The Minister of Justice and Solicitor General toured all regions of the province, attending more than 60 events and meetings with citizens, police services, victims services organizations and more. He heard rural Albertans’ thoughts and concerns on topics ranging from rural crime, inadequate police response time, victims services, a potential Alberta Provincial Police Service and the need for a better system to deal with repeat offenders.

“I want to thank the many Albertans who shared their concerns about rural crime. What you told us will help inform our ongoing work to ensure Albertans feel safe and protected in their homes, no matter where they live. We know the federal government must step up by enacting laws that put a stop to the revolving door justice system that allows repeat offenders to victimize law-abiding citizens over and over again, and we echo the call of Albertans for them to act quickly on this.”

Kaycee Madu, Minister of Justice and Solicitor General

During his tour, the Minister held town halls in Barrhead, Cardston, Claresholm, Grande Prairie, High Level, Millarville, Munson and Redcliff, but also spoke to Albertans in La Crete, Olds, Spruce Grove, St. Albert, Strathcona County, Taber, Vermilion and Wabasca, among other places.

Rural participants throughout the province took the opportunity to have their say on government efforts to stand up for Albertans regardless of where they call home. With the provincial police service transition study underway and the results of the Police Act engagement under review, their conversations with Minister Madu came at an important time.

Standing up for rural Albertans

The Government of Alberta has already taken action on a number of fronts as part of its commitment to reduce rural crime:

  • The Rural Alberta Provincial Integrated Defence (RAPID) Response system makes sheriffs and Fish and Wildlife officers available to respond to a wider range of calls to reduce response times in rural areas.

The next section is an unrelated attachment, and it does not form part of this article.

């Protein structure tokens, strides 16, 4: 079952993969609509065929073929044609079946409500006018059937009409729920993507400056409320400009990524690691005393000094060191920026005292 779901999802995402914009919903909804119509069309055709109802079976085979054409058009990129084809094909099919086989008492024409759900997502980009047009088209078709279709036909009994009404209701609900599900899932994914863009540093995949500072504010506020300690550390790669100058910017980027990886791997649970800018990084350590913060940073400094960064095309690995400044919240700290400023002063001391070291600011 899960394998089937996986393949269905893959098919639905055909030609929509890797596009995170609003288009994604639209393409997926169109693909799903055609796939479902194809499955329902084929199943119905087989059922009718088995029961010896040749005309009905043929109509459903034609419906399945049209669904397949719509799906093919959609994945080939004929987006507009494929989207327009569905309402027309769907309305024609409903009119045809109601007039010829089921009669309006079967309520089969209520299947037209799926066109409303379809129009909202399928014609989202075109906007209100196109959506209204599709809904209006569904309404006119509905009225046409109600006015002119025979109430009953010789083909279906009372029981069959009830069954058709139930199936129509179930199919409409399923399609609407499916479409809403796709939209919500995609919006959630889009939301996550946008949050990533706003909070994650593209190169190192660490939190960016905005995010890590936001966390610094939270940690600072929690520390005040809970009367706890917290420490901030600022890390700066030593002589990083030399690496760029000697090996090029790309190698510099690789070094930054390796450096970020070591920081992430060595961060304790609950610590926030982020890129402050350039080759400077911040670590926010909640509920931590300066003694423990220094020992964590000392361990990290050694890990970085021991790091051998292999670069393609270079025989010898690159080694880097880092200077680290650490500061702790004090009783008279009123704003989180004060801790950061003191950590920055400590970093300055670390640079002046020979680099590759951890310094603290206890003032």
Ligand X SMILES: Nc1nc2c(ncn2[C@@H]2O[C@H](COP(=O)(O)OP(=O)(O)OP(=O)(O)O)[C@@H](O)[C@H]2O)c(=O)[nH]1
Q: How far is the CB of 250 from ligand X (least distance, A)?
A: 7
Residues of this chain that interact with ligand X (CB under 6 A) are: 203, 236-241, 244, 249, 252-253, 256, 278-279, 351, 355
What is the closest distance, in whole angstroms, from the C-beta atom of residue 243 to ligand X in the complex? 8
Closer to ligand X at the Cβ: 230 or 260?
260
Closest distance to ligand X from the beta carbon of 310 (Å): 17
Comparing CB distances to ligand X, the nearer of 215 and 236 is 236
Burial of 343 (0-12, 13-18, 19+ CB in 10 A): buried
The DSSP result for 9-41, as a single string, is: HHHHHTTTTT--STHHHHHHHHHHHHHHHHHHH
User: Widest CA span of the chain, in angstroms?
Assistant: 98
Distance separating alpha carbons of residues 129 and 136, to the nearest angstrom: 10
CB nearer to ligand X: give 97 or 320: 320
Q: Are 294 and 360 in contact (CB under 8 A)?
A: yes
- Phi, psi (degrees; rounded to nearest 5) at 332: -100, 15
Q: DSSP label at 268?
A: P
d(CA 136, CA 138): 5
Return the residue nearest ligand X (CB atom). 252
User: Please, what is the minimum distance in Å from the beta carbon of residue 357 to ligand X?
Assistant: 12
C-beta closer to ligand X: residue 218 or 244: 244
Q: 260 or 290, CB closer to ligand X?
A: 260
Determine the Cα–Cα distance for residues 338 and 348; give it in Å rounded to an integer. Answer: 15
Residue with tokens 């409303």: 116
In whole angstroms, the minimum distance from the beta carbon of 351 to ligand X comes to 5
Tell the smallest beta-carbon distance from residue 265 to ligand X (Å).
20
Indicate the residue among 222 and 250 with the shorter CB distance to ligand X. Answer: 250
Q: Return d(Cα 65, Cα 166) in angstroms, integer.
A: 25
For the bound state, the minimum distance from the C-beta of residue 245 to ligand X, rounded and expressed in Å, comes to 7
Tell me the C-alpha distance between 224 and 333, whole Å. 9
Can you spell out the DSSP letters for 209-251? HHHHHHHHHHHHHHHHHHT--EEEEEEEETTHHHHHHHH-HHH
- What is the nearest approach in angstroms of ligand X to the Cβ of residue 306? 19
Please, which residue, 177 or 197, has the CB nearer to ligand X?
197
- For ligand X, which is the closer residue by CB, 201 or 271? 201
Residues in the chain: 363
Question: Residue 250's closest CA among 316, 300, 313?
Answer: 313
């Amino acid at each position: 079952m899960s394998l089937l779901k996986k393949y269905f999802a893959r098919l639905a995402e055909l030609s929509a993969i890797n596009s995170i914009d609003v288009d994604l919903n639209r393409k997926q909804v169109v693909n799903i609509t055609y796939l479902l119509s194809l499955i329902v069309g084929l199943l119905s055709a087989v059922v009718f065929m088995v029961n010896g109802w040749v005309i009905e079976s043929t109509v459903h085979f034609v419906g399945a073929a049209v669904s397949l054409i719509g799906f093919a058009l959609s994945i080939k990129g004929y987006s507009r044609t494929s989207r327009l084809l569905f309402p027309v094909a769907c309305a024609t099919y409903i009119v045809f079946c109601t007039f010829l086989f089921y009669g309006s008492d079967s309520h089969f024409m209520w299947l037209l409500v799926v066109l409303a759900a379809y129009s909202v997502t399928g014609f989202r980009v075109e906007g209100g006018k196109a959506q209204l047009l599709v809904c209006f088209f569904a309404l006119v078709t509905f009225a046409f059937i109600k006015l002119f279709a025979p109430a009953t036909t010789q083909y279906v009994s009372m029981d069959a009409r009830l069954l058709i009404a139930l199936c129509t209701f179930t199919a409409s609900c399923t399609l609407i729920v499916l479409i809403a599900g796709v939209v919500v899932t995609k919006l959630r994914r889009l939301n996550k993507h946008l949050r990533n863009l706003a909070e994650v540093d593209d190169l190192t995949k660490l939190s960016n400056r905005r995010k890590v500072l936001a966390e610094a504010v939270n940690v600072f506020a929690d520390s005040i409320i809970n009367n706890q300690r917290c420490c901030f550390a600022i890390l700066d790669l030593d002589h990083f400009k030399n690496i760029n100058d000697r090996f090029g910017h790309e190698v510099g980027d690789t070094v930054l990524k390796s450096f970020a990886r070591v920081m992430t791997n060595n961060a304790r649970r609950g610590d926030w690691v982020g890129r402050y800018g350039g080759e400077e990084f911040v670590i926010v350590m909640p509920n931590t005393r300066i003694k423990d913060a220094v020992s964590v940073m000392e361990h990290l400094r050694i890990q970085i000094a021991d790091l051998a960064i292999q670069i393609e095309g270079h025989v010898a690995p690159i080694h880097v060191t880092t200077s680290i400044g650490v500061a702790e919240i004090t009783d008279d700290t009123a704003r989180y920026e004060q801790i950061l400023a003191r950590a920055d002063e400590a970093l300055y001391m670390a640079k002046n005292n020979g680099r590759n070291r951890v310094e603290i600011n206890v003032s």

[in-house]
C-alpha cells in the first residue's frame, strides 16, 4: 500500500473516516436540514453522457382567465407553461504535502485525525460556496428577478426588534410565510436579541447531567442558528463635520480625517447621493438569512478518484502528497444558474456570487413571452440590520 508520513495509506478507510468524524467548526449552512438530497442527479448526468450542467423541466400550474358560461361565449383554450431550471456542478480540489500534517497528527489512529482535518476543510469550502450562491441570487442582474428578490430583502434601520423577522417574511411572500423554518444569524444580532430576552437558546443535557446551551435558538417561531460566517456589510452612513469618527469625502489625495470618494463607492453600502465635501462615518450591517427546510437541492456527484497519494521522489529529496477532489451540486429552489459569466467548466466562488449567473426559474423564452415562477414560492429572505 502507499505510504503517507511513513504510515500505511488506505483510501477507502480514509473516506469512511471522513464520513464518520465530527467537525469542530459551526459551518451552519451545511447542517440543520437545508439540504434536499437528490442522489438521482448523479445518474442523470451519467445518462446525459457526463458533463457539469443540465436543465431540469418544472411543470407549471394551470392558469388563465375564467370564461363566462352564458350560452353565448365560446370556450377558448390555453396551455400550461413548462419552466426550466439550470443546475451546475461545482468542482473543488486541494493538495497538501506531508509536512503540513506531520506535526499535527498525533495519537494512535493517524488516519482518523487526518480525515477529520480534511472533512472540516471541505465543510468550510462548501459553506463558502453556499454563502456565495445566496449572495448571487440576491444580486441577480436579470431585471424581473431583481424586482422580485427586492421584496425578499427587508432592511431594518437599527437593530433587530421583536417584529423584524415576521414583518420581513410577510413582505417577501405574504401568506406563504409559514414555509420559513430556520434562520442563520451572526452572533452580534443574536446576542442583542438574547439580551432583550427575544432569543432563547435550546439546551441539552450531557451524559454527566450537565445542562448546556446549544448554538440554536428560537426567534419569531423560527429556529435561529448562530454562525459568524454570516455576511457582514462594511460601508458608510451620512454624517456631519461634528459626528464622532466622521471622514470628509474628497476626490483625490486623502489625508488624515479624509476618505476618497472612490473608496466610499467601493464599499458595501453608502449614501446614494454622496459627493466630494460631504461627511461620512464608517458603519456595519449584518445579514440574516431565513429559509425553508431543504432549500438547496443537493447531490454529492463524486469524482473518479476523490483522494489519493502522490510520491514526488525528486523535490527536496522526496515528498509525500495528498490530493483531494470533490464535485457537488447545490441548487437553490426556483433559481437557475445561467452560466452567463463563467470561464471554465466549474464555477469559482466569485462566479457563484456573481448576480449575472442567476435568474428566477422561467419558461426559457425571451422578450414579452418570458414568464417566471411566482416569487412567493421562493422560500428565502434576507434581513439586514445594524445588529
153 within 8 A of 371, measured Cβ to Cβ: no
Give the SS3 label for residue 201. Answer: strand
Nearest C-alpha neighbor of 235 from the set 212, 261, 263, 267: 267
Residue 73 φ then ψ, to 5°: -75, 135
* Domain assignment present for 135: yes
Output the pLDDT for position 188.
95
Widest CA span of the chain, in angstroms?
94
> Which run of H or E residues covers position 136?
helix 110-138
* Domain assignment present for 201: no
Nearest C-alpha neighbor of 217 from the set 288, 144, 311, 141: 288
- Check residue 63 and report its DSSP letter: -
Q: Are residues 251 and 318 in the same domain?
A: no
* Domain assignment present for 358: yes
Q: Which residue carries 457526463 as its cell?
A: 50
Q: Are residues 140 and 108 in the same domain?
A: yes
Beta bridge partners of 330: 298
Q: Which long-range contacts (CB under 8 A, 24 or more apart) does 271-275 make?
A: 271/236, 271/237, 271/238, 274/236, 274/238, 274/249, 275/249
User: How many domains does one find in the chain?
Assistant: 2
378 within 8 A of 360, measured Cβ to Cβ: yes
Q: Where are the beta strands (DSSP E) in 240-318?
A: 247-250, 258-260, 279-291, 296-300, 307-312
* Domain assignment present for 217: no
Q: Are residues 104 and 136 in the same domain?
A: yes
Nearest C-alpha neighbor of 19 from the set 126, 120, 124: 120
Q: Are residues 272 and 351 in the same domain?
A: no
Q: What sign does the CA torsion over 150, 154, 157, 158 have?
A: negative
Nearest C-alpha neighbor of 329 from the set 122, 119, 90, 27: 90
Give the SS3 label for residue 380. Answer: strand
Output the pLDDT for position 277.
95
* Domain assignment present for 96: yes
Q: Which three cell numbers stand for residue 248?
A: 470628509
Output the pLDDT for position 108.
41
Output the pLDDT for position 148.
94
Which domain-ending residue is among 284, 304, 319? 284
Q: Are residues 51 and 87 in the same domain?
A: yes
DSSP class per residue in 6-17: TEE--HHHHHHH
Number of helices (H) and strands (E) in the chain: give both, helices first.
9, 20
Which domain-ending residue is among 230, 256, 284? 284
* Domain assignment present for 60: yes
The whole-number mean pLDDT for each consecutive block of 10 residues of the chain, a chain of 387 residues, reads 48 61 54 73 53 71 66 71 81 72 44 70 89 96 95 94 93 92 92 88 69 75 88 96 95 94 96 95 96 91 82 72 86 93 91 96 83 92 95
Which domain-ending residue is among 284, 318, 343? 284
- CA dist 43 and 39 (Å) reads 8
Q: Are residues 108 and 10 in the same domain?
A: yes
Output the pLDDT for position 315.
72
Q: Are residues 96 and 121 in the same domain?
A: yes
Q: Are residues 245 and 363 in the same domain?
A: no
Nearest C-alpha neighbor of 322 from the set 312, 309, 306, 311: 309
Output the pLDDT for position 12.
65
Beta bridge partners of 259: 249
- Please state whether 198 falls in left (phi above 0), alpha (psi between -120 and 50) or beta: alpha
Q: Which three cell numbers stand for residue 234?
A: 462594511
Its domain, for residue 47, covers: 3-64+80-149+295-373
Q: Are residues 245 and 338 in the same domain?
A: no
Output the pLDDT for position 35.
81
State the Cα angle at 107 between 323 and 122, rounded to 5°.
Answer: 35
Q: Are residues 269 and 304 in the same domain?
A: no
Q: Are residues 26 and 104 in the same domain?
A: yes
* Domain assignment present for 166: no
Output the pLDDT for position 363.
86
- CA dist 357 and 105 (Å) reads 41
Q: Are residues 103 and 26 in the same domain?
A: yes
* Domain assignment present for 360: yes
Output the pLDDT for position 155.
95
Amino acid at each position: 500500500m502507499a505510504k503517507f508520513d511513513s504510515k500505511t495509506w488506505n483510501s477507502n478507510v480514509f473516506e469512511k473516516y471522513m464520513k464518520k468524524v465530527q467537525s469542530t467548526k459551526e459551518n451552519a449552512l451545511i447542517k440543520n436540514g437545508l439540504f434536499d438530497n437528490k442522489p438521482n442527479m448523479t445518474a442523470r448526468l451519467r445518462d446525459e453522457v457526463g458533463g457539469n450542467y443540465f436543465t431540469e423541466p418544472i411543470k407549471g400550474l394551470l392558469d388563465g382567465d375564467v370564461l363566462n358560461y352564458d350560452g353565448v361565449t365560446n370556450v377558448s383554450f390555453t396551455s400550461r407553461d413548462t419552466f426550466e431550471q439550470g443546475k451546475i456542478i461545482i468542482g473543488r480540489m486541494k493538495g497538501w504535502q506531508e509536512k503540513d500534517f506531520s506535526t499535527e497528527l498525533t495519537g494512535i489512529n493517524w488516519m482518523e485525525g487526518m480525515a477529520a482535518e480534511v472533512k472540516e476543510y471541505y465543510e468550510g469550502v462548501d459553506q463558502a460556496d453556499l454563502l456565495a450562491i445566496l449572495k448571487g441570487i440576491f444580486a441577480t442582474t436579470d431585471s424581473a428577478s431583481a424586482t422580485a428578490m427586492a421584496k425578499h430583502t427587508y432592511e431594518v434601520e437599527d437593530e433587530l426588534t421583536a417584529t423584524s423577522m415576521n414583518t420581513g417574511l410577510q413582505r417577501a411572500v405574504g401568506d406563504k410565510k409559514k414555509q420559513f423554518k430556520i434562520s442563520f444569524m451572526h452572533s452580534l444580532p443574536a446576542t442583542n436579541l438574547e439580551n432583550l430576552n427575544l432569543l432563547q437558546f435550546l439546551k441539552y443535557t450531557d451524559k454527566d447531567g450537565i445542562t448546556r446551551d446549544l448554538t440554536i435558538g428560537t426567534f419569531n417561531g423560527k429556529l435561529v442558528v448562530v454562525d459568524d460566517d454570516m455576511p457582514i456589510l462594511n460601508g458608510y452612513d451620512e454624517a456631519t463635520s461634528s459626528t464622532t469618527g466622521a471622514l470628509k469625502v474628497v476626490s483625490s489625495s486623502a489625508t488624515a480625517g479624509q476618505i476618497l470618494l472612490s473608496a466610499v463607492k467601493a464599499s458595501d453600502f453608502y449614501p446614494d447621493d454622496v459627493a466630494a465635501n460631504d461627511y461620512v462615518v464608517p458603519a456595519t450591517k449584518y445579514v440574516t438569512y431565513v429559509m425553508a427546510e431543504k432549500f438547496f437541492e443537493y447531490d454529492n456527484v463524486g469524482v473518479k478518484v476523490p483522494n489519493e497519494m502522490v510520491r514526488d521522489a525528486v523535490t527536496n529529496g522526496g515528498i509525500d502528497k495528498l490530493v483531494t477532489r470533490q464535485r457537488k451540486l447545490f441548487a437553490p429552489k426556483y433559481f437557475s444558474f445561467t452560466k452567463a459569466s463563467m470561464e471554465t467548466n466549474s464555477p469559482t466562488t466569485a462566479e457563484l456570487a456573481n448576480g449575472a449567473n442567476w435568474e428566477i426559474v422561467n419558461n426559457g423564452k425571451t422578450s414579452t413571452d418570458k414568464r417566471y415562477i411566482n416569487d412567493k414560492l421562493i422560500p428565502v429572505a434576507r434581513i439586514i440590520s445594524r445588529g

• The new, independent Alberta Parole Board aims to provide a fairer, faster, more responsive and responsible justice system that protects all Albertans from repeat offenders, including parolees.
  • The appointment of Alberta’s first-ever chief firearms officer to ensure the appropriate enforcement of firearms legislation in a manner that respects Alberta’s traditions and law-abiding gun owners.
  • The Trespass Statutes (Protecting Law-Abiding Property Owners) Amendment Act, 2019 protects property owners with strengthened deterrents to trespassing, such as five-fold increases to maximum fines and possible prison time. It also protects law-abiding property owners from civil liability for injuries to criminal trespassers.
  • The Scrap Metal Dealers and Recyclers Identification Act and regulation makes it difficult for criminals to sell stolen metal for scrap and deters targeted thefts in rural communities.
  • An investment in new Crown prosecutors and support staff improves the prosecution service’s capacity to ensure rural Albertans are better protected from criminals by the justice system regardless of where crimes take place.
  • The appointment of more judges to the provincial court, the commitment of two additional resident justices of the Court of Queen’s Bench for Grande Prairie and an additional two justices for Red Deer.
  • The Justice Transformation Initiative is helping to modernize justice services with technology and processes in every area of Alberta so services can be delivered more efficiently and every community receives suitable services.